RABDF survey shows more than 1m liters of milk discarded

By Jim Cornall

- Last updated on GMT

The RABDF is urging farmers to continue to fill in the survey.
The RABDF is urging farmers to continue to fill in the survey.

Related tags Dairy Milk coronavirus

Interim data from the Royal Association of British Dairy Farmers (RABDF) survey show more than 1m liters of milk have been discarded since the start of the coronavirus outbreak in the UK.

The survey​, which has been running for a week, is being completed by farmers receiving a reduced value or having to discard milk, including sheep and goat milk, as a direct result of restrictions brought in to control COVID-19. 

The results have been collated to feed into Defra to highlight the scale of the problem affecting the UK dairy industry.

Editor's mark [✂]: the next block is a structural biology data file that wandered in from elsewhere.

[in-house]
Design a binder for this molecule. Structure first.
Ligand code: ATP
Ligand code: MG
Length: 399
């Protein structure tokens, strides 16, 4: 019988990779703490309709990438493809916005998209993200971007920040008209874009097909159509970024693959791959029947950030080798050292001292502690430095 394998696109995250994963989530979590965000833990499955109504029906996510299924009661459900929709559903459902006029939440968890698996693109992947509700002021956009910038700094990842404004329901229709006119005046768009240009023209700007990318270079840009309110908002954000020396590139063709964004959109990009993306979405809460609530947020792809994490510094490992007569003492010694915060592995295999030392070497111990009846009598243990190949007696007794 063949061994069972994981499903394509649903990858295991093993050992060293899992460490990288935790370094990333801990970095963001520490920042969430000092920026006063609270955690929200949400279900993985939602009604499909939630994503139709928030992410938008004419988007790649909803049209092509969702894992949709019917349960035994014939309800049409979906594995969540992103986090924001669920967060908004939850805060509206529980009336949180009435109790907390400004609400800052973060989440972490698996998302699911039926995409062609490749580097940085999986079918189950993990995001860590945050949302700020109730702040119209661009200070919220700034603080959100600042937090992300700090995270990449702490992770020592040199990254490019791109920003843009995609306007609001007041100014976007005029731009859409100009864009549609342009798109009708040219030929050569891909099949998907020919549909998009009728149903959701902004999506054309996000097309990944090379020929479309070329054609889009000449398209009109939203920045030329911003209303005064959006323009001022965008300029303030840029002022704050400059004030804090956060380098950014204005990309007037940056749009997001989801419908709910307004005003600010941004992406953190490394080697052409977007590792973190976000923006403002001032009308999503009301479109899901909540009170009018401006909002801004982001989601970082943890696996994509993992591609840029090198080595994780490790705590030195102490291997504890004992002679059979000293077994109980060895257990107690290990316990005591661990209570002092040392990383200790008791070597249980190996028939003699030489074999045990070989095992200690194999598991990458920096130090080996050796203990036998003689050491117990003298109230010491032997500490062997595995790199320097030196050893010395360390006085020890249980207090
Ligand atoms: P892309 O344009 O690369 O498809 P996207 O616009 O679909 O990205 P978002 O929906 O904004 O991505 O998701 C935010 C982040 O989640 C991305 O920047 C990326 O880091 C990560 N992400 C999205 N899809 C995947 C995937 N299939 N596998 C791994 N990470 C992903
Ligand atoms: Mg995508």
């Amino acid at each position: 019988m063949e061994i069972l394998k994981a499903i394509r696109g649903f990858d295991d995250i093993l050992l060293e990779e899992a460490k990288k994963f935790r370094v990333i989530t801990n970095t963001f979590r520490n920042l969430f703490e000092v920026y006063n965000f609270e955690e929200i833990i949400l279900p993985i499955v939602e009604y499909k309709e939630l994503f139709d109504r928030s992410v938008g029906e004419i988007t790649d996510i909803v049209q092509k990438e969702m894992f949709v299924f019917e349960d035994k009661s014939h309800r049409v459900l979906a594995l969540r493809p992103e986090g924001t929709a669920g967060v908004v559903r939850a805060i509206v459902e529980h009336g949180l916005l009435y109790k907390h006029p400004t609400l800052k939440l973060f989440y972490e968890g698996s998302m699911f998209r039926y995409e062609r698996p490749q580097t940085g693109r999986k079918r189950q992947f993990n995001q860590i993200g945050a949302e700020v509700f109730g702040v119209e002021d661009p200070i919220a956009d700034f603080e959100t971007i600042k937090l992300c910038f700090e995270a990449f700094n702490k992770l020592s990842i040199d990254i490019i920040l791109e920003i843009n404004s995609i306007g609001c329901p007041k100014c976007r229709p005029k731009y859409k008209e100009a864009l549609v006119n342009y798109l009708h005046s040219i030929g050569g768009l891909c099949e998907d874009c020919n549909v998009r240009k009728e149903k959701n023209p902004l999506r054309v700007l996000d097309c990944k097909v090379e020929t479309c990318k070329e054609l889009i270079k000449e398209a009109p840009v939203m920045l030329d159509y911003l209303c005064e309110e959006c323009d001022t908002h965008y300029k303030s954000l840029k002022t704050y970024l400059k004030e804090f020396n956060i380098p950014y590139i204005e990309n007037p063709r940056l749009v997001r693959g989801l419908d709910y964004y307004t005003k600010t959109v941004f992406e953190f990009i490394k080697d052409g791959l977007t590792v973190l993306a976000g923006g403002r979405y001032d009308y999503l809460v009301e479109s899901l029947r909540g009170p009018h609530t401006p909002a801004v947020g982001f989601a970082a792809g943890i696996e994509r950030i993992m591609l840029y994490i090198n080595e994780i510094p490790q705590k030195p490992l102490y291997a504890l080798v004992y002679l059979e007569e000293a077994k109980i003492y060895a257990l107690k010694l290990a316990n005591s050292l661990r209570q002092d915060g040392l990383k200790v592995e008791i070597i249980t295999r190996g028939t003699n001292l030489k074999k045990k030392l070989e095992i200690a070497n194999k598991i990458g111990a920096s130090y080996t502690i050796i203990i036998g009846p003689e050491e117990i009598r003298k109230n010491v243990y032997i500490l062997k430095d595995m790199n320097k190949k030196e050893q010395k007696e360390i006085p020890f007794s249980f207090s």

Currently, the worst affected counties with milk either receiving a reduced value or being discarded are Dorset (2.38m liters); Staffordshire (2.17m liters); Kent (1.42m liters), and County Antrim (1.2m liters). 

Although the amount of milk being affected seems to have dropped since April 20, the RABDF said there are still some farmers receiving a reduced price and occasionally, milk being discarded.

RABDF said it will continue to monitor this volume as more information becomes available when farmers receive their monthly milk statements next month.

The data is being processed for government and the organization is urging farmers to continue to fill in the survey.

RABDF chairman Peter Alvis said, “We continue to monitor the situation regarding the loss in value and all milk being discarded. There are about 2m liters of milk a day, that have not found a home in the retail market. What our survey shows is the negative impact it is having on those farmers most severely affected.

“It is imperative farmers continue submitting their information about the volume and value of milk lost so we can keep Defra informed of the size of the challenge this sector faces.  We request DEFRA considers the seriousness of the situation and supports these farmers with a hardship payment. Any data we can continue feeding into Defra will only go to help this industry’s cause.”

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